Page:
As published as an editorial by the Connecticut Post, March 18, 2009.
State Holds Edge on Stem Cell Work
President Barack Obama's decision earlier this month to reverse a ban on federal funding for embryonic stem cell research could translate into a major boost for Connecticut and its medical researchers.
Connecticut is one of only eight states that committed to funding stem cell research after the Bush administration eight years ago imposed limitations on federal money that could be used for such research. Other states are now taking initial steps to catch up because of the ban's reversal.
In 2005, the General Assembly and governor committed $100 million over 10 years -- $30 million of which has been expended. Now that investment may yield dividends.
Researchers in Connecticut -- especially at Yale, Wesleyan and the University of Connecticut -- are now well positioned and experienced to take advantage of some of the $10 billion allotted to the National Institutes of Health as part of the $787 billion economic stimulus package approved by Congress in February. The NIH is charged with deciding what types of research can be performed and devising ethical standards to guide that research.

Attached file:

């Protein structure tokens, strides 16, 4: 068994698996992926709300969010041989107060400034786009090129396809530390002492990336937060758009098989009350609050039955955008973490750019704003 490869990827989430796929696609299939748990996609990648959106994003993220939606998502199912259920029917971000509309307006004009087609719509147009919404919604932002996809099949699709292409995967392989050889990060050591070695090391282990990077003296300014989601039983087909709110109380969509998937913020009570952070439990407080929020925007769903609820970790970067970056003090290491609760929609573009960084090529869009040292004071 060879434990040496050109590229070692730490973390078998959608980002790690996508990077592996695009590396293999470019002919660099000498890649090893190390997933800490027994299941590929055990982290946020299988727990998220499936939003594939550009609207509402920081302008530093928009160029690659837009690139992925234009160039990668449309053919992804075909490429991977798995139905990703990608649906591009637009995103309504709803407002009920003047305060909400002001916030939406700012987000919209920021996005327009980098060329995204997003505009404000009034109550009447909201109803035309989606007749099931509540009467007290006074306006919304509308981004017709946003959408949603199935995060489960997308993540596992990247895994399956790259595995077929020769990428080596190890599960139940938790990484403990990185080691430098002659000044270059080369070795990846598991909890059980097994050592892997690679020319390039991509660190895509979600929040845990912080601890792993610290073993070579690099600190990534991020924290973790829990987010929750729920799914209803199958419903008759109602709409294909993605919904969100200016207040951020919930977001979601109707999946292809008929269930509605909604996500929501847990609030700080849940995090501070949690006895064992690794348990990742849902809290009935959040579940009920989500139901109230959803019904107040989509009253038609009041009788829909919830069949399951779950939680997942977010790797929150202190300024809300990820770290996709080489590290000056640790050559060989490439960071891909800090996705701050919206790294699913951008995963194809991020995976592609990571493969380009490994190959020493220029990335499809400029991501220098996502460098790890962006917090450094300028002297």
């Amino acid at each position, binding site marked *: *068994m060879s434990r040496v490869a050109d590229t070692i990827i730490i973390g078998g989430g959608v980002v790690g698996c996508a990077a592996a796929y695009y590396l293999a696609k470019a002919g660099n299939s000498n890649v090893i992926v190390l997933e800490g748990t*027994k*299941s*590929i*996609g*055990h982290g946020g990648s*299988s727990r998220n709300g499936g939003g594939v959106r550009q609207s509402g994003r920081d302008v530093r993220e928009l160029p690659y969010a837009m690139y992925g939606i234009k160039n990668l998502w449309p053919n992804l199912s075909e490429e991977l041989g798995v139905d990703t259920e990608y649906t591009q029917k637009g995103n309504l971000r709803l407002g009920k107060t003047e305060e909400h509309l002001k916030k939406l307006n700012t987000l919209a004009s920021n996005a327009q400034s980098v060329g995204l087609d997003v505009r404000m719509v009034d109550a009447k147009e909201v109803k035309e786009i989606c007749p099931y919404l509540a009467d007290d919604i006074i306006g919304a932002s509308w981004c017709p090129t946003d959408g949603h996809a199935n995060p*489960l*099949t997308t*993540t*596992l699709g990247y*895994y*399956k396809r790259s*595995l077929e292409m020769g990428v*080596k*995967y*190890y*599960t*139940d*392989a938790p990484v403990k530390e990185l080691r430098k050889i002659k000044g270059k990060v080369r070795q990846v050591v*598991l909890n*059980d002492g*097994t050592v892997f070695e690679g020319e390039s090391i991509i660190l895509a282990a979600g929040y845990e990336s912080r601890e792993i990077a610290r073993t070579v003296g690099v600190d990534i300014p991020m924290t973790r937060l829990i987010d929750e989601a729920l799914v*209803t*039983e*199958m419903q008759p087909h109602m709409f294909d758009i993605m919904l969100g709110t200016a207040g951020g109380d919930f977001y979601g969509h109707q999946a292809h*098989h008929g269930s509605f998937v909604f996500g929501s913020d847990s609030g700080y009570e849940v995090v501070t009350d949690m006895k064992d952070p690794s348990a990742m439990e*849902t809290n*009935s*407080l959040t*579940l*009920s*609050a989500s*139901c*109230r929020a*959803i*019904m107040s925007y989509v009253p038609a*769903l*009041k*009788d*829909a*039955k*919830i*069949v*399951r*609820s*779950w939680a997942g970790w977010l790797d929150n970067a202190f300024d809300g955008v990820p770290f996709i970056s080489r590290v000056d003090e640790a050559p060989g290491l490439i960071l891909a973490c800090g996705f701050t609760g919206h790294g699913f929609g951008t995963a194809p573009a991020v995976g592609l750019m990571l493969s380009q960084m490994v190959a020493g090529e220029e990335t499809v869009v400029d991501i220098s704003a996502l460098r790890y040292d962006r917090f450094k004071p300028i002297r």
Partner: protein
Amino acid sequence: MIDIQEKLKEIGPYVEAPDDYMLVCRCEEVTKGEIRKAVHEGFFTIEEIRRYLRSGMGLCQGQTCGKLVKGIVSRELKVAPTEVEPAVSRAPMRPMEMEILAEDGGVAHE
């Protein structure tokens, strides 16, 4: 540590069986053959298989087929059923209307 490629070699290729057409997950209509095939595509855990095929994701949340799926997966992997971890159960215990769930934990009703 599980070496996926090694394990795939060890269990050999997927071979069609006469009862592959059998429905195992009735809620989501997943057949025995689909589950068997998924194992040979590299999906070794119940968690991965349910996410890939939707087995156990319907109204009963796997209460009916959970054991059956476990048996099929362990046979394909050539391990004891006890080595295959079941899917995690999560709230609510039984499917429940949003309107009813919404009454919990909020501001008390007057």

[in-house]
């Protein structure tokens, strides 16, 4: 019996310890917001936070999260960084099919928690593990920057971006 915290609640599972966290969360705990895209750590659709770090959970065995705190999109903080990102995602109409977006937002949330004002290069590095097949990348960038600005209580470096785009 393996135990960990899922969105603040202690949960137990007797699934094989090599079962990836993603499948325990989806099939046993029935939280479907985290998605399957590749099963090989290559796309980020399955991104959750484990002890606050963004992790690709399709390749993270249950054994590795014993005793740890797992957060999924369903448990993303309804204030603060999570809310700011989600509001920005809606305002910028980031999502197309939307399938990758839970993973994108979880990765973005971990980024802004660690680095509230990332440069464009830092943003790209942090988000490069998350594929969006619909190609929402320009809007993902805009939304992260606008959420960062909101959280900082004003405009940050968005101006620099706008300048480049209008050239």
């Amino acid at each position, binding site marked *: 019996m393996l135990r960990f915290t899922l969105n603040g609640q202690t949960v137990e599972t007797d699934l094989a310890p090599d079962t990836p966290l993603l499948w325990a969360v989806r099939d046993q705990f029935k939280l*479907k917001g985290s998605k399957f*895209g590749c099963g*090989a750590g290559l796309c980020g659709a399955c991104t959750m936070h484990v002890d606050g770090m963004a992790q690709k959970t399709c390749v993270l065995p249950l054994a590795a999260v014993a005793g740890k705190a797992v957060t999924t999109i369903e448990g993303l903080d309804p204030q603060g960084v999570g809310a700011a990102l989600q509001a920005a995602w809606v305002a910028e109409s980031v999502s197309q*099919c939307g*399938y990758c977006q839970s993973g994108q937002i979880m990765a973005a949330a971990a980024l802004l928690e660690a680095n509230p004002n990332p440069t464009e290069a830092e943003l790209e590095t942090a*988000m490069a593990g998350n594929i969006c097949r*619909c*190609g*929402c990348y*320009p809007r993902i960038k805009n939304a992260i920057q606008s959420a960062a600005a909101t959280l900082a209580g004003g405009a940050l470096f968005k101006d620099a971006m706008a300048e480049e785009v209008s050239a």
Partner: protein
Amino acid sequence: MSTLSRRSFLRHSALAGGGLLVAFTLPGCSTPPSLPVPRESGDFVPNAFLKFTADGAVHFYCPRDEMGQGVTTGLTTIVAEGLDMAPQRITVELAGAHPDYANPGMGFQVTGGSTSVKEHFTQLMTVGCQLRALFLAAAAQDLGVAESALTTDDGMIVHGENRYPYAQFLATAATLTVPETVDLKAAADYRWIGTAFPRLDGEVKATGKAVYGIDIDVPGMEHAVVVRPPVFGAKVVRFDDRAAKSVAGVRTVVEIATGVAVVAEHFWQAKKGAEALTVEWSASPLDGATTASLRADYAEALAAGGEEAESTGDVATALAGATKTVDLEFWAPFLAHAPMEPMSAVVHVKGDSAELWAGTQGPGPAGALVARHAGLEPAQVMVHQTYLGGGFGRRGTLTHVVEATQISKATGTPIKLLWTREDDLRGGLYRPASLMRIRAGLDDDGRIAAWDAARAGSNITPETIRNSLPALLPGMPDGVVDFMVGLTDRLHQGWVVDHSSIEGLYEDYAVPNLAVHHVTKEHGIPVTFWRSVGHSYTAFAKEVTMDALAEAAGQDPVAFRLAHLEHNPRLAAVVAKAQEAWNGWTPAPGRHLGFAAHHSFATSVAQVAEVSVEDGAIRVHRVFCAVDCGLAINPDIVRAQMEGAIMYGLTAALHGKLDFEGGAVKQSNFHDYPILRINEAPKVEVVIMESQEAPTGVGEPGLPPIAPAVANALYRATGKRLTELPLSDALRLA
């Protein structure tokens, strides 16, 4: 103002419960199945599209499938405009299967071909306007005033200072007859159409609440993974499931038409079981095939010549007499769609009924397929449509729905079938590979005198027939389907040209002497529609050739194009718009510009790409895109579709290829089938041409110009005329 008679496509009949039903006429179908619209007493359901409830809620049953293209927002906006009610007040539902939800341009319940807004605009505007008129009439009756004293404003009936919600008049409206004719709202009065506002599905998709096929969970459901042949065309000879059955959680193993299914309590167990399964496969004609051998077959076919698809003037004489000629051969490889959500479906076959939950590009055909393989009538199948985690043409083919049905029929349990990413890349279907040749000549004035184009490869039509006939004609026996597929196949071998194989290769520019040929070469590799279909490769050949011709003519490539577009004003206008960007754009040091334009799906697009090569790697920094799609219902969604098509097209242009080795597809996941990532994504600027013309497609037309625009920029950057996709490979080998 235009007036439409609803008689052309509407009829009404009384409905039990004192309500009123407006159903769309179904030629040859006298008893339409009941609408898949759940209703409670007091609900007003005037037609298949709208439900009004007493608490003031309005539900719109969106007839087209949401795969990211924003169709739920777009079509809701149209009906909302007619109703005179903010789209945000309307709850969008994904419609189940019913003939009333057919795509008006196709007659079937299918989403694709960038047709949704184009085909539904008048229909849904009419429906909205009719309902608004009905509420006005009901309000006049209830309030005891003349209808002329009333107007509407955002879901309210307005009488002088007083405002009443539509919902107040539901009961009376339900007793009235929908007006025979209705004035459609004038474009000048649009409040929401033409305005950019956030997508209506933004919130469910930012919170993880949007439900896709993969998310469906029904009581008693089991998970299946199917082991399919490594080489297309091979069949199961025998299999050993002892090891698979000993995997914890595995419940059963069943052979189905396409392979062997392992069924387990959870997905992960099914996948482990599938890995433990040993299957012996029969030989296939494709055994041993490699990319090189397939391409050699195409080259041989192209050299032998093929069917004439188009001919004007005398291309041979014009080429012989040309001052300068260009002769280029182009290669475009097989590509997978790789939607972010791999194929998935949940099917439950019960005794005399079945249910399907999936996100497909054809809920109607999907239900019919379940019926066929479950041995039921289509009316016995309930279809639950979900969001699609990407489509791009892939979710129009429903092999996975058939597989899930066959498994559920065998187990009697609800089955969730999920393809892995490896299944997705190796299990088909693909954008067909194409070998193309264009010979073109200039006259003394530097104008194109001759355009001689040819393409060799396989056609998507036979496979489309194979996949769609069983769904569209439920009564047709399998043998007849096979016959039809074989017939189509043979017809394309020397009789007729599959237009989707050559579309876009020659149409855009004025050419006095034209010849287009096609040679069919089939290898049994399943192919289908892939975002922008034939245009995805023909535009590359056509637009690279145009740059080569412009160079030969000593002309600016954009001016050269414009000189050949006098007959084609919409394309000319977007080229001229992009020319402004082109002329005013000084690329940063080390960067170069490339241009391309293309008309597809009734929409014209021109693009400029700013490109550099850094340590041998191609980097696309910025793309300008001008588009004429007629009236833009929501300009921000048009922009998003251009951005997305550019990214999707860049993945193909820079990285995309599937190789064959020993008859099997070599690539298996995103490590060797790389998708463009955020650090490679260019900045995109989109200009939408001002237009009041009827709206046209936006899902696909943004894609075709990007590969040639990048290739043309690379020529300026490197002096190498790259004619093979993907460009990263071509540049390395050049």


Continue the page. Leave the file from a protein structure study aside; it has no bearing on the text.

In fact, in January, researchers at UConn announced a major advance for the state's stem cell research efforts when they created two new lines of human embryonic stem cells, the raw material needed for the research.
A majority of Americans inside and outside of the medical and scientific community, polls indicate, favor stem cell research. Scientists believe it could be used to replace cells damaged by injury or disease and to help cure or alleviate many medical problems. Researchers concede, however, it could be years before major advances take place.
On this issue, state officials must be lauded for possessing insight and placing Connecticut ahead of the curve.